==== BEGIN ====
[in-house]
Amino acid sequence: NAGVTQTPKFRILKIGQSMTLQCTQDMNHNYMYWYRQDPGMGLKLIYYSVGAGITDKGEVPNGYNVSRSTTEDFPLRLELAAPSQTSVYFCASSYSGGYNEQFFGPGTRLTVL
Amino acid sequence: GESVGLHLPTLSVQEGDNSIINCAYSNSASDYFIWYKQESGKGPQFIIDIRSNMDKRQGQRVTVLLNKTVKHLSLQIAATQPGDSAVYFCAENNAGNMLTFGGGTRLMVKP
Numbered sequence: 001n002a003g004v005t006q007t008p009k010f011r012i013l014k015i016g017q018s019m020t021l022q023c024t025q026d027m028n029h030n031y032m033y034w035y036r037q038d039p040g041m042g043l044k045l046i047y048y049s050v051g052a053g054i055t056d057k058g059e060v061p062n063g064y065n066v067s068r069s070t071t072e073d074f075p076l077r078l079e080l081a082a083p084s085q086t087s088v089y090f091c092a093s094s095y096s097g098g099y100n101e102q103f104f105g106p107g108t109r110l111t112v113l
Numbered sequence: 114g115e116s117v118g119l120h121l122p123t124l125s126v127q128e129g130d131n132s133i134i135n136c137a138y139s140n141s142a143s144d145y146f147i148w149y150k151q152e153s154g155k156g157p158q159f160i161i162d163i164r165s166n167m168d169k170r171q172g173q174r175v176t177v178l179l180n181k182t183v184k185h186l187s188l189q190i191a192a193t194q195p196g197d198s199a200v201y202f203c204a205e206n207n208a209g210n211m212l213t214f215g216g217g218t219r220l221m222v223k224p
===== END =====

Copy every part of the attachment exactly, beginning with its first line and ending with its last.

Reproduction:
[in-house]
Amino acid sequence: NAGVTQTPKFRILKIGQSMTLQCTQDMNHNYMYWYRQDPGMGLKLIYYSVGAGITDKGEVPNGYNVSRSTTEDFPLRLELAAPSQTSVYFCASSYSGGYNEQFFGPGTRLTVL
Amino acid sequence: GESVGLHLPTLSVQEGDNSIINCAYSNSASDYFIWYKQESGKGPQFIIDIRSNMDKRQGQRVTVLLNKTVKHLSLQIAATQPGDSAVYFCAENNAGNMLTFGGGTRLMVKP
Numbered sequence: 001n002a003g004v005t006q007t008p009k010f011r012i013l014k015i016g017q018s019m020t021l022q023c024t025q026d027m028n029h030n031y032m033y034w035y036r037q038d039p040g041m042g043l044k045l046i047y048y049s050v051g052a053g054i055t056d057k058g059e060v061p062n063g064y065n066v067s068r069s070t071t072e073d074f075p076l077r078l079e080l081a082a083p084s085q086t087s088v089y090f091c092a093s094s095y096s097g098g099y100n101e102q103f104f105g106p107g108t109r110l111t112v113l
Numbered sequence: 114g115e116s117v118g119l120h121l122p123t124l125s126v127q128e129g130d131n132s133i134i135n136c137a138y139s140n141s142a143s144d145y146f147i148w149y150k151q152e153s154g155k156g157p158q159f160i161i162d163i164r165s166n167m168d169k170r171q172g173q174r175v176t177v178l179l180n181k182t183v184k185h186l187s188l189q190i191a192a193t194q195p196g197d198s199a200v201y202f203c204a205e206n207n208a209g210n211m212l213t214f215g216g217g218t219r220l221m222v223k224p